Once, there lived two men. One, a conservative Indian moralist who loved his culture, had jingoistic views, and hated liberals who, in his opinion, spent their lives in lounge bars, smoking cigarettes and drinking, and did nothing better than having sex and were never committed to any cause, reason or a vantage point that gives a man enlightenment and a sense of self-worth. The moralist prided in his country’s slow progress towards Fascism, even though he detested the very term. He believed that the new communal regime gave the country a pride that the liberals had forgotten, or thrown into garbage bins along with their used condoms, and other hedonistic pleasures. The very sight of a liberal entering a bar with his girlfriend appalled him. He hated the minorities and people of other creeds and religions, and strongly endorsed the regime’s stand to put down any perceived or even imagined threats from them. He believed that eating meat was heretic, and firmly stood by any decision that imposed legalism, since he felt it gave the country a structure of values. He detested the opposition and their scam ridden, corrupt atmosphere, and even if newsmen exposed scams of the regime, he quickly labeled them as ‘charlatans’ or said, “These trite things are nothing compared to the last decade of sordid political debauchery.” He watched The Republic regularly, and the biased journalists who never bothered checking facts and pulled stories out of context, satisfied him as much as his enema. He loved Yoga, and quickly defended it as a ‘secular practice’ with a vehemence that even a rabbit in heat couldn’t fathom. His lust for his nationality stayed insatiable, and he didn’t mind resorting to any measure to protect his nation’s integrity. If they asked him to murder, he’d willingly do it, or arrange for it, because the state defined his individuality. He existed in a symbiotic relationship with his country, although it was parasitic to the minority. His very existence in this crisis of political upheaval rested in das Äußere (what is external) because he believed that what’s without will catapult India to vielleicht das außerordentliche (perhaps something extraordinary). And if it needed sacrifice or even a mini-holocaust of lynching, or forced conversations, he didn’t mind, because to him, that made him a hero, and not even a tragic one. So this man, despite his intelligence, couldn’t live as an independent entity: one with no relation to the state or to the absolute. Now regarding the absolute, his notion was of a plural truth, which the state upheld. Is this man justified? Is this man right? Or has education twisted this man’s thoughts, because of its baptism in culture? These are questions I’ll let the reader answer.
The second was libertarian in his views, although he wasn’t utopian or idealistic in any way. He was actually nihilistic, though not in an absolute sense. He believed that everything had an antithesis, and perhaps this is a structuralist mindset, but he saw things in terms of parallels: Good and evil, finite and infinite, life and death and other things as well. He, however, didn’t see everything in shades of black and white, and gave room to grey when needed. He believed in individuality, and though he went up to Kierkegaard’s concept of infinite resignation, he didn’t move further to grasp abstract faith. He did not think of himself as a hero or villain, and that was one of his grey areas. He believed in Kierkegaard’s concept of the particular, the universal and the absolute, but despised the tragic hero, and could not see himself as the Knight of Faith who stands in absolute relation to the absolute, and defines the universal more than it defines him. Perhaps he did have a little grandiose concept of the particular influencing the universal, by staying resigned: not in a despairing sense, but in a doubtful apathetic one. He was against the regime’s practice of subduing minorities and hated the regime imposing its culture on the individual. He believed that culture must never define an entity that’s capable of existing without it, and neither must literature or journalism have a cultural bend to it. He despised the moralist, but did not live like a hedonist, which was another of his grey areas. He did not worship art, but expressed himself through it, often tackling taboo themes like sex, alcohol and marijuana, despite his only vice being smoking. He did not have a problem with liberals who frequented lounge bars, or lived hedonistic lives, but he had his idea of existence, and stayed true to it, however much he could. He often broke his own rules, which was his third grey area, but always managed to pull himself back to his comfort spot which was probably neither here nor there. His art did not parallel his life or his views, although many people believed it did. He only gave his poetry a hue of reality, which many found shocking. He acknowledged his faults, which were many, and often judged people unnecessarily, but often did so correctly. He despised the lynching, ate whatever he pleased, and despised Yoga being imposed because he believed it offended the minority. He despised both theocracy and Fascism, and hated both his regime, and the butcher of Geneva who established a blood stained theocracy in which Servetus was the least of his crimes. Still, he didn’t find much support for his cause, because he hated any kind of preachy fundamentalism. If a liberal were to preach to him, he’d detest that vantage point and the man. So, in that sense, he did not support radical feminism, and believed that no man could call himself a feminist because at a cognitive level all men either objectify or stereotype women. He was no doubt a man of complications. He also struggled with mental illness, but fought through it all using prose, philosophy and poetry, but never made them his religion. He did have relationships with women, but nothing really lasted, and he always found his home, reading, studying and writing. He had a complicated relationship with his family, but made his closure with them. Is this man justified? Are his views flawed? Is he man of hate and not love? Has the writer given him more prominence than the former? I’ll let the reader answer.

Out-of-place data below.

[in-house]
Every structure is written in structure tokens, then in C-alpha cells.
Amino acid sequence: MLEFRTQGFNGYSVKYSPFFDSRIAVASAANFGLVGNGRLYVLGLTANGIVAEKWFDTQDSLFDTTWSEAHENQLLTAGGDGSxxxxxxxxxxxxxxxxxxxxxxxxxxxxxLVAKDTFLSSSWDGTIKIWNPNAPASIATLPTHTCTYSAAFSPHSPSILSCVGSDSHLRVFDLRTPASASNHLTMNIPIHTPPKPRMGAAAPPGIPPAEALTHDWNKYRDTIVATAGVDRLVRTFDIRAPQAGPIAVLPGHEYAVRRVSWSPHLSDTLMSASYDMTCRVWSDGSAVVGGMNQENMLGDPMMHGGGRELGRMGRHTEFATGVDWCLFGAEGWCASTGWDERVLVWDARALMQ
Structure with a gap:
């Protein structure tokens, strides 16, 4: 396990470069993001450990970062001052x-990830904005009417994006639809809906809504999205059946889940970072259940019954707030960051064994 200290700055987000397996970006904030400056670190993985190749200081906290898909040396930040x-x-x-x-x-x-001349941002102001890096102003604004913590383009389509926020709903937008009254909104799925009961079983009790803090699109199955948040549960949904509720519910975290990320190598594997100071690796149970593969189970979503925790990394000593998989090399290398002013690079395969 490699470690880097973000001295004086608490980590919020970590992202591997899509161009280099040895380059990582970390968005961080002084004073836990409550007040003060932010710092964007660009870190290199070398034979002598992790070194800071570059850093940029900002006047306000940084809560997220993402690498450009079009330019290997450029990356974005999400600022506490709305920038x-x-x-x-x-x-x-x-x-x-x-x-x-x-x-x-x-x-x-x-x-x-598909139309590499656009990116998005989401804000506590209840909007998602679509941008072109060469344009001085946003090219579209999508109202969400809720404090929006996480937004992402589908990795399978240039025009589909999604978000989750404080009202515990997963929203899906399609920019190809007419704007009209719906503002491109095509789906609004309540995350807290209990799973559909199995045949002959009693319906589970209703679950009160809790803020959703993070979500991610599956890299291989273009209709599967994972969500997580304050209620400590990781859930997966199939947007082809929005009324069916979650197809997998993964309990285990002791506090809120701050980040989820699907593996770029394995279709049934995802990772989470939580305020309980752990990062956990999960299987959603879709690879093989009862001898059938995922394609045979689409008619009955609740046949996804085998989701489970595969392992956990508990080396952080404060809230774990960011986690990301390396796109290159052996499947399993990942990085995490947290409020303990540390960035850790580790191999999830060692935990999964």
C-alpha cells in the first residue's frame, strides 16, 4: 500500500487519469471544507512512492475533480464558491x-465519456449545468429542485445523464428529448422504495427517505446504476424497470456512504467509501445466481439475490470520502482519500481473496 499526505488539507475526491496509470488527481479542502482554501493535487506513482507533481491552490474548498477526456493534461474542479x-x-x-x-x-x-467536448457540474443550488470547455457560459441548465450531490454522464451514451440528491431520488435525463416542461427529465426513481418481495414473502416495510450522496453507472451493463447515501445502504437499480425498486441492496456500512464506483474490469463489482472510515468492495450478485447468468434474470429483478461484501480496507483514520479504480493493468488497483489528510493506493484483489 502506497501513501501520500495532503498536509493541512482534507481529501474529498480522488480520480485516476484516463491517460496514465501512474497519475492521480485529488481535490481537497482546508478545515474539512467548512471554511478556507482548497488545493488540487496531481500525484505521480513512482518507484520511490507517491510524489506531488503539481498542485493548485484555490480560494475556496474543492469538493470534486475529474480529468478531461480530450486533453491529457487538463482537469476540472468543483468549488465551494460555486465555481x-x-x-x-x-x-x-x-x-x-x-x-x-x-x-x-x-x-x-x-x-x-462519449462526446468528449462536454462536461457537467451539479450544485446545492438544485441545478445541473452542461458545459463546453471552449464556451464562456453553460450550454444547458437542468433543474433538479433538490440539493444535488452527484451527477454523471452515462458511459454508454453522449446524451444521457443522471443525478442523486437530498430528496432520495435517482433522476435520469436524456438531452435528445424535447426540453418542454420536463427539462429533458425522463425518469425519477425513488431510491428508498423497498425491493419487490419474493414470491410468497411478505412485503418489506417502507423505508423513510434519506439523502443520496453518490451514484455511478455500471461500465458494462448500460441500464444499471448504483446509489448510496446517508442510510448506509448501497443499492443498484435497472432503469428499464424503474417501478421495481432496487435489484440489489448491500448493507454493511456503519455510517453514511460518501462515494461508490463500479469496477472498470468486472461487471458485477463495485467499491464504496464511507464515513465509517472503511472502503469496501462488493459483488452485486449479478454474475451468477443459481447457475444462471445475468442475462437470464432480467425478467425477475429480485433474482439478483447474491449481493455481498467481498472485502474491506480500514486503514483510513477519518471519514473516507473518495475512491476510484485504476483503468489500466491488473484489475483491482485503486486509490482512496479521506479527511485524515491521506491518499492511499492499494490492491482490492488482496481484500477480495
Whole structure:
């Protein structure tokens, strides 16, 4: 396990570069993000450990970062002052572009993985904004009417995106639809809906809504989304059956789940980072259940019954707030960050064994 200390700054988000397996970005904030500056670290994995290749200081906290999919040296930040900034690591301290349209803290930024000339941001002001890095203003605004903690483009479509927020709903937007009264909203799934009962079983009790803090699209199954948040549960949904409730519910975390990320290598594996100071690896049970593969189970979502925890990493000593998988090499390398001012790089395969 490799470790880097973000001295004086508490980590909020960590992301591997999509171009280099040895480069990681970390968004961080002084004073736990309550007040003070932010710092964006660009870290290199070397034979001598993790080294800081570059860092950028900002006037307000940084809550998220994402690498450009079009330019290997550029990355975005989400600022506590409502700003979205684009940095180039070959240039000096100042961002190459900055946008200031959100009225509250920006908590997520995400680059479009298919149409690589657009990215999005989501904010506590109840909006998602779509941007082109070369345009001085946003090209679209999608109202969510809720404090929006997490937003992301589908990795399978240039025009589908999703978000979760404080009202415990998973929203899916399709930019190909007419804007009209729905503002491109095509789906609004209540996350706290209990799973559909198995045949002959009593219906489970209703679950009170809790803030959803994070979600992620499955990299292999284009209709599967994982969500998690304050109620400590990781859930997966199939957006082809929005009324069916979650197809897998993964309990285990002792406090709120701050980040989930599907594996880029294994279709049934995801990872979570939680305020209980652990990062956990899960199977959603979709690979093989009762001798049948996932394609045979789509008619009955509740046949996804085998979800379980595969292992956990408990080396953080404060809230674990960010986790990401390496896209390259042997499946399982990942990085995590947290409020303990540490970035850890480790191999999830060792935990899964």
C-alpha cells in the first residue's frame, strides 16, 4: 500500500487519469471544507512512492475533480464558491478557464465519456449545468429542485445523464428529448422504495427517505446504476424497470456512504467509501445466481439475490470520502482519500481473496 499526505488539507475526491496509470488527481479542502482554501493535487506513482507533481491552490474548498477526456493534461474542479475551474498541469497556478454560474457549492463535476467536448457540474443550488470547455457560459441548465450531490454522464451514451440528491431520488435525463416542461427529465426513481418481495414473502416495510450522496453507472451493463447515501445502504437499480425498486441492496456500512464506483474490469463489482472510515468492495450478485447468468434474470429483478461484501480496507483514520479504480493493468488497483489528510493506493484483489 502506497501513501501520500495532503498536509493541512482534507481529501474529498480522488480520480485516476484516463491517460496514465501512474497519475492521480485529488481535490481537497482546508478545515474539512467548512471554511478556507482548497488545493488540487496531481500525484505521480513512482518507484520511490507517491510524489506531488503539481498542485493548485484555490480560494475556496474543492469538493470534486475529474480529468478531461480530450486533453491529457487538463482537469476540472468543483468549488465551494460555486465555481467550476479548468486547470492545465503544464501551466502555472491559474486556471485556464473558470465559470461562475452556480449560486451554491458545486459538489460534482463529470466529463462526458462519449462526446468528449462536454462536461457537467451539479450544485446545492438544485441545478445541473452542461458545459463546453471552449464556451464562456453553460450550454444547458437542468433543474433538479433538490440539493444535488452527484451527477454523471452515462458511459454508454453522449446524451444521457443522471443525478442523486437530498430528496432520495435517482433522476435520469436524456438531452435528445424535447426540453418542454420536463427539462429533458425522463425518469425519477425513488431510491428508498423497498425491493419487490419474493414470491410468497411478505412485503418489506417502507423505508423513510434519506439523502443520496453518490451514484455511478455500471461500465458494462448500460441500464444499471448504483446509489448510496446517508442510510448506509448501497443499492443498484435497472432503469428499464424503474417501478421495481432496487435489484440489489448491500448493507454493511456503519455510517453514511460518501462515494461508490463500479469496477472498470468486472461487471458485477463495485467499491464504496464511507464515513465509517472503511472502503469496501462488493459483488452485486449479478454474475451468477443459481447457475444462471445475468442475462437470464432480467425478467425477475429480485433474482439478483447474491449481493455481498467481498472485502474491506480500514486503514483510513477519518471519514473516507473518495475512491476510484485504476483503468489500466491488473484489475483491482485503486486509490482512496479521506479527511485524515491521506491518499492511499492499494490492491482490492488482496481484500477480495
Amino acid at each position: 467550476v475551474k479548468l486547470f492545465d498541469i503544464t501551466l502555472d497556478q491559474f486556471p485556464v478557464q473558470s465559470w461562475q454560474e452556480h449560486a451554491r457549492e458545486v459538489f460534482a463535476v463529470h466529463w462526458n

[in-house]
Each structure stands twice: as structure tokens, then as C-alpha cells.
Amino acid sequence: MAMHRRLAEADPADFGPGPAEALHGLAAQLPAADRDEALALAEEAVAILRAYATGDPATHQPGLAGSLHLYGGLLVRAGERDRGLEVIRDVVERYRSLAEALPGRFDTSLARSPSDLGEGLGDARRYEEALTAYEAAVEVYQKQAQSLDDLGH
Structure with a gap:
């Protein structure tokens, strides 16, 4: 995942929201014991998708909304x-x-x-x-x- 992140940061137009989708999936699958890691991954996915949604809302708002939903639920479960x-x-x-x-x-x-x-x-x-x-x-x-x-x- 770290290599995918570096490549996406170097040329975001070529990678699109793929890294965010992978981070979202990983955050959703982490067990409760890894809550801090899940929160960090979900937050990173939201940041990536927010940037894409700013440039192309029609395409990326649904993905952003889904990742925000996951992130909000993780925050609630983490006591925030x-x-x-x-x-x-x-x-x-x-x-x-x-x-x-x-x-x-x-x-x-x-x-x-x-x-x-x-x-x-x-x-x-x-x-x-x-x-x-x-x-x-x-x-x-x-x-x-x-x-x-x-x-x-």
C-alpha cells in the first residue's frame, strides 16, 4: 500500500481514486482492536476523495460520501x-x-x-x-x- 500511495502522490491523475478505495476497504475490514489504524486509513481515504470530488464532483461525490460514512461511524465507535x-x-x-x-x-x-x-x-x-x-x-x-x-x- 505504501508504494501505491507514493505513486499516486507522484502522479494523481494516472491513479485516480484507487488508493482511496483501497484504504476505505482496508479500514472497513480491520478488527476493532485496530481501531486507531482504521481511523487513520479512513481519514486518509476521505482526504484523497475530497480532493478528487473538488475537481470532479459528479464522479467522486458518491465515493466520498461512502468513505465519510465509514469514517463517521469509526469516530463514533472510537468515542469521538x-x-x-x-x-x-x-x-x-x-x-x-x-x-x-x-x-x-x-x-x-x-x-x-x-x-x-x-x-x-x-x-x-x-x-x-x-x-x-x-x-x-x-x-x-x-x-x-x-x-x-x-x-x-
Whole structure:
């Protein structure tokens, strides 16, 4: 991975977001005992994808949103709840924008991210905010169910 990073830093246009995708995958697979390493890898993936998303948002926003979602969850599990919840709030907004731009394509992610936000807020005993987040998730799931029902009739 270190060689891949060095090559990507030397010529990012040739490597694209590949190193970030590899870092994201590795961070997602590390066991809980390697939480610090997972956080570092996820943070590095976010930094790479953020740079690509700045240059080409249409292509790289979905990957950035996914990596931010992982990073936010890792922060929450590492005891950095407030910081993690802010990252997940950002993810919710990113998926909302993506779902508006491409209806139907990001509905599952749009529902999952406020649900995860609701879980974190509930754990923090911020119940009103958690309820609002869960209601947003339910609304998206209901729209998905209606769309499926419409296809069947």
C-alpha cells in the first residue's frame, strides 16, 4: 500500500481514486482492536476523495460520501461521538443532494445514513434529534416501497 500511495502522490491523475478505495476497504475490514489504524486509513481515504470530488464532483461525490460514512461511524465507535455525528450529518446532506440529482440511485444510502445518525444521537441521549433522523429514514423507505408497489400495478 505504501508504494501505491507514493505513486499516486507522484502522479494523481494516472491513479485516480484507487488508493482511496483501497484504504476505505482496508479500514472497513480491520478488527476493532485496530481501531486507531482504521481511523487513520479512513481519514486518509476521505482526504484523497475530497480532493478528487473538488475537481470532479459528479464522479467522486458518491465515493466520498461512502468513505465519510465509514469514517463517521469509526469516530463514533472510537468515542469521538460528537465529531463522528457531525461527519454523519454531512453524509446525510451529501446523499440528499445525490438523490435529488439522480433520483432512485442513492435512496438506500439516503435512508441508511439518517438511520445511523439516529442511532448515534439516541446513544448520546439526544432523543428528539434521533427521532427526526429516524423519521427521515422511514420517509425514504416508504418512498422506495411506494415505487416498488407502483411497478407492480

(Inspired by Fear and Trembling by Søren Kierkegaard)
© Nitin Lalit Murali (2018)